Then the girl at the paint place suggested we thin the 2K paint to 30 %, which made it much too thin, so we have a number of runs. And some water in the air line did not help, neither did the new spray gun: someone said we should turn the metering needle out, Eric demonstrated that it should be all the way in with the thin paint. The gun should be held away from the work, no, near the work... The learning curve continues. 

Adding a few extra microns where it is needed
Well, this week we should have time to flat it again, spray polyurethane on the decks, a second coat of epoxy on the hull, and make some progress with the mast step and other fittings. 

My thanks to David and Bongani who helped over weekends and did the major painting, Eric from Profection who showed us how it should be done. Merven, Koketso, Robert and Francois helped sanding, Prince cleaned and washed, Trevor sanded and advised. 

David admiring his handiwork.
As the Terminator said: I'll be back!

Saturday, August 22, 2015

Still painting

More than a month has passed since my last post, and all we have been doing is painting, repainting the paint, sanding, filling pinholes, filling dents and blemishes, sanding, sanding, sanding, sanding.

Adam, on his way to the airport, helped to
paint the tanks. Love the hair!
Some problems: The first spraypainting missed a number of critical spots, especially in places where the rust would strike. Some of these: the seam alongside the double hull, also behind stringers and under decks. Another problem: In a number of places there was still sand from the sandblasting when the painter struck. Which either cemented the sand and paint to the hull, or left the paint on top of a layer of dust and sand.

Trevor, sanding. 
Another problem is that, not far from where I work, there is a galvanising plant, and the smoke from the factory drifts over where I work. So the inside paint had a layer of what looks like dust ingrained in it.

Major sanding, in some cases grinding, was needed to get the damaged paint out. The epoxy paint  is incredibly hard, even an angle grinder was employed, and in a number of cases we went through the paint into the metal.
Alexander showing Molly the correct masking
technique. Gulliver helps.

We mixed epoxy filler and attacked all the irregularities on the hull, thereby creating another problem. Sanding the filler out clogs up sandpaper in seconds. I hope I get done before someone starts buying all the sandpaper on the market!

A number of friends came to help. Adam from Durban helped paint the tanks, and almost turned into a smurf. I got a lecture.

Alexander, an aircraft technician, helped with the spraying, but confided in me: She is never going to fly!
Bongani installing rivnuts

Reinhard helped, so did Trevor, and David and Bongani helped every Saturday and even one holiday. David did a few welding jobs we discovered, Bongani installed more than a hundred rivnuts.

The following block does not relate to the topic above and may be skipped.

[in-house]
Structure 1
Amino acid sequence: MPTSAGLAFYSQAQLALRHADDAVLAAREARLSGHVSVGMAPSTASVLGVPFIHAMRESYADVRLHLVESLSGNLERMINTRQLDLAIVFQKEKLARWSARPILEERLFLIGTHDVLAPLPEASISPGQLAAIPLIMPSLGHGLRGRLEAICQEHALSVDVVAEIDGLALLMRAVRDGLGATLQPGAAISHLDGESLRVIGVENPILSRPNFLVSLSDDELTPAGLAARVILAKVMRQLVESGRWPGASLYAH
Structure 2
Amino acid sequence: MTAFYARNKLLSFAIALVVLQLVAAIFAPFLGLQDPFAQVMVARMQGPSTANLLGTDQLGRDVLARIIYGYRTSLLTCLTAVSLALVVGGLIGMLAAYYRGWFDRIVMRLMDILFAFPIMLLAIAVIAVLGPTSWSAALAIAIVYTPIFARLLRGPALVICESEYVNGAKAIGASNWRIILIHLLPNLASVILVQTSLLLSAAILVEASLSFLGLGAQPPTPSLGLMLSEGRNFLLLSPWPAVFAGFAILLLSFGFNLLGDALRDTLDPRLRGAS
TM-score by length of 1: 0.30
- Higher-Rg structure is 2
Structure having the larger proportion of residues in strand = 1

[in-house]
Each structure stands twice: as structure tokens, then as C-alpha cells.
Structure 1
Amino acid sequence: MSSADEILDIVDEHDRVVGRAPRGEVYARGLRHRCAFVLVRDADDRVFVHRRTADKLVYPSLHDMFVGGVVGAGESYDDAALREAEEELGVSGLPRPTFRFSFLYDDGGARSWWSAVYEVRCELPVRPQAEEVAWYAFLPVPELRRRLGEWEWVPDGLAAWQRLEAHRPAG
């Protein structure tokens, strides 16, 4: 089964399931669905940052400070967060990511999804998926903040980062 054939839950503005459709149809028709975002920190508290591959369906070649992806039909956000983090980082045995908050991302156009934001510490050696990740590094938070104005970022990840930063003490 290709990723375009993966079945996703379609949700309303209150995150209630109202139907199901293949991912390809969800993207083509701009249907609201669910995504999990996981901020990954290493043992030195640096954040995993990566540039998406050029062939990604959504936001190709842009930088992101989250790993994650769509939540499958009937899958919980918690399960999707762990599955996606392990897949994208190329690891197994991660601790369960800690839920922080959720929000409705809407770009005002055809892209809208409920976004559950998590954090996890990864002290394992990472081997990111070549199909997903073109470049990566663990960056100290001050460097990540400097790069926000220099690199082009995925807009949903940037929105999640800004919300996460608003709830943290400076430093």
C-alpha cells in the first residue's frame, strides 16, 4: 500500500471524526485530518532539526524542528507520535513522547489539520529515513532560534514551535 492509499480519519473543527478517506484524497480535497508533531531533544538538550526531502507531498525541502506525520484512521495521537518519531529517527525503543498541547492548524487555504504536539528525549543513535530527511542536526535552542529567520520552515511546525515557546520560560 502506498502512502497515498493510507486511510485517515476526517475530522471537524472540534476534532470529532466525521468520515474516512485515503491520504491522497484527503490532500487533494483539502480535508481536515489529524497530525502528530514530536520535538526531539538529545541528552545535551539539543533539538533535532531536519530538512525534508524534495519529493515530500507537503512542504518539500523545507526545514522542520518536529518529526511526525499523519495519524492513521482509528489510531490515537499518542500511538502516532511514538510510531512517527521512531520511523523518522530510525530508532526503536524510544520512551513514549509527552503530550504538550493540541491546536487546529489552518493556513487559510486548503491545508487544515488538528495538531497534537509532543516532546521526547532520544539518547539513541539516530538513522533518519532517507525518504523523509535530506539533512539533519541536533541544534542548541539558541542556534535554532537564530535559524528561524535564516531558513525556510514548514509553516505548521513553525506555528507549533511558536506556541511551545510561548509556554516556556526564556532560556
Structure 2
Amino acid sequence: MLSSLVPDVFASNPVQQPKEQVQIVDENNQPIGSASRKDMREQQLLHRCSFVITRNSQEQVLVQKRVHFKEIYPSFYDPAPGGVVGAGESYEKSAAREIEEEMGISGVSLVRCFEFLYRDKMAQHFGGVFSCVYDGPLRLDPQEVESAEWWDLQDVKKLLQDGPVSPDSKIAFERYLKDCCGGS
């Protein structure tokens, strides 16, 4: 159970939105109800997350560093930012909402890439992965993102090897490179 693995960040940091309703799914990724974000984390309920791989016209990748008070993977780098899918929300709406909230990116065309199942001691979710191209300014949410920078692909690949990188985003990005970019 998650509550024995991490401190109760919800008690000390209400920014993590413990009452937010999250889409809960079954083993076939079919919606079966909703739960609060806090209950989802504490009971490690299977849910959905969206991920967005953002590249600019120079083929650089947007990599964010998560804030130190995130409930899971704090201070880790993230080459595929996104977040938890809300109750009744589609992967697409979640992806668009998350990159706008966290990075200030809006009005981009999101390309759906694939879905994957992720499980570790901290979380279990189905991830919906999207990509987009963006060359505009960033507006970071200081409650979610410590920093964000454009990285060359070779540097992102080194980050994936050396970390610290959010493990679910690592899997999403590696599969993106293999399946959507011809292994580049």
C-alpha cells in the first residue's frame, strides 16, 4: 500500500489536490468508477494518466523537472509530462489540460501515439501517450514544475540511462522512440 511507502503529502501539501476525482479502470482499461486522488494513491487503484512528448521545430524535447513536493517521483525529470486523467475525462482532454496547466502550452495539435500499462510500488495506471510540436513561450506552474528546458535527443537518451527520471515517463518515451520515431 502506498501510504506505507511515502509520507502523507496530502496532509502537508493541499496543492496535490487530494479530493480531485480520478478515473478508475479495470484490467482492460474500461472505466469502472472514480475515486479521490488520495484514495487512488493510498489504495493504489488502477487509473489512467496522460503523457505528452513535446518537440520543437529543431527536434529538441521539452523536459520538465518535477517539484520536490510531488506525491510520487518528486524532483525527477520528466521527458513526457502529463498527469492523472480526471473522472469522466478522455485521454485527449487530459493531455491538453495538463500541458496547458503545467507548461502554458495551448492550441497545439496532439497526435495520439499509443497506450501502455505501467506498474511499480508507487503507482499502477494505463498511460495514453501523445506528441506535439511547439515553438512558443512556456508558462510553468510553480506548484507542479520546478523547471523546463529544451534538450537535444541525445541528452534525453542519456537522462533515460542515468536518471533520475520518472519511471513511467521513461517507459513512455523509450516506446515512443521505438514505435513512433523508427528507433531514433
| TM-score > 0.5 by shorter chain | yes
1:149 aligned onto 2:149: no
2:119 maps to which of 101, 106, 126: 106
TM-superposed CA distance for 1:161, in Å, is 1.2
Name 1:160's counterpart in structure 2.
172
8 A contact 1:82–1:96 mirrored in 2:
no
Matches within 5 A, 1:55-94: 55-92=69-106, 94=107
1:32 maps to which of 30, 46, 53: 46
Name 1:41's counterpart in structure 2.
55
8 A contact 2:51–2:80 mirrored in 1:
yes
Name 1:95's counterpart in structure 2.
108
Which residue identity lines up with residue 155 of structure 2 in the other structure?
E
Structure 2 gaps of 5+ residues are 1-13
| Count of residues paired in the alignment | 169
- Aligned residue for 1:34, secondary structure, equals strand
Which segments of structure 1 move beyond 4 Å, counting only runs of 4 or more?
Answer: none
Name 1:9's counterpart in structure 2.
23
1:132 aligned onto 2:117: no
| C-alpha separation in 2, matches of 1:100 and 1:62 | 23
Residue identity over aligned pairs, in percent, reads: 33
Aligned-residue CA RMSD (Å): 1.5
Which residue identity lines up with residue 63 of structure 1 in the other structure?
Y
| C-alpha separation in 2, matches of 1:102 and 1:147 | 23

Huan brought Molly and Gulliver: Two very polite kids who helped a lot.

Thanks, all of you!

Tuesday, July 7, 2015

End of the first phase, now the next phase begins

The blasting begins!
We survived the sandblasting and painting. As Dough says: I have learnt so much from my mistakes, I plan to make some more. The steel boat gurus say you should not sandblast more than you can paint the same day. The painters and others say steel does not rust so fast. Well, it does. I had hoped to do the sandblasting and painting in May, the driest month in Pretoria, but one thing and the other delayed us till end of June, a period where fog and early morning frost or dew is a real possibility.

We decided to sandblast inside, and then spray it. Then we would sandblast the outside and spray that. Of course the blasting outside would damage some of the paint inside. As a sop to my paranoia about rust it was conceded to blast the loose parts like tanks and window frames on the last day of blasting, so the painting could begin immediately.

Hard, dirty work. There has to be a better way. 
I had decided to use Carboguard 550 epoxy primer in two colours: blue over the blasted steel so it is easier to see what areas were missed, then a second coat of gray to build up to the required thickness.

The first problem was that, once we had blasted the outside, rust spots appeared overnight, requiring a second brush blast. And the loose parts picked up damp from the floor they were laid on, showing rust within hours, again requiring a second blast. Secondly the blasting opened up pinholes and porous welds, at a time where re-welding was just not possible. Thirdly we did not realise how difficult it would be to remove the spent grit from inside. The contractor eventually gave in and rented an industrial vacuun cleaner, which did the job in minutes.

Rust spots on the rudder within hours. Damp floor is the cause
Luck was with us: the 5% chance of rain did not materialise. Then problems with the airless spray machine caused it to spray a thick first coat, in effect two coats at the same time. Which meant that the inside of the boat and most of the loose parts are now blue, the rest is gray.

Outside blasting did not cause much damage to the inside paint as far as we could see, but I will do a minute inspection once we are in full sunlight.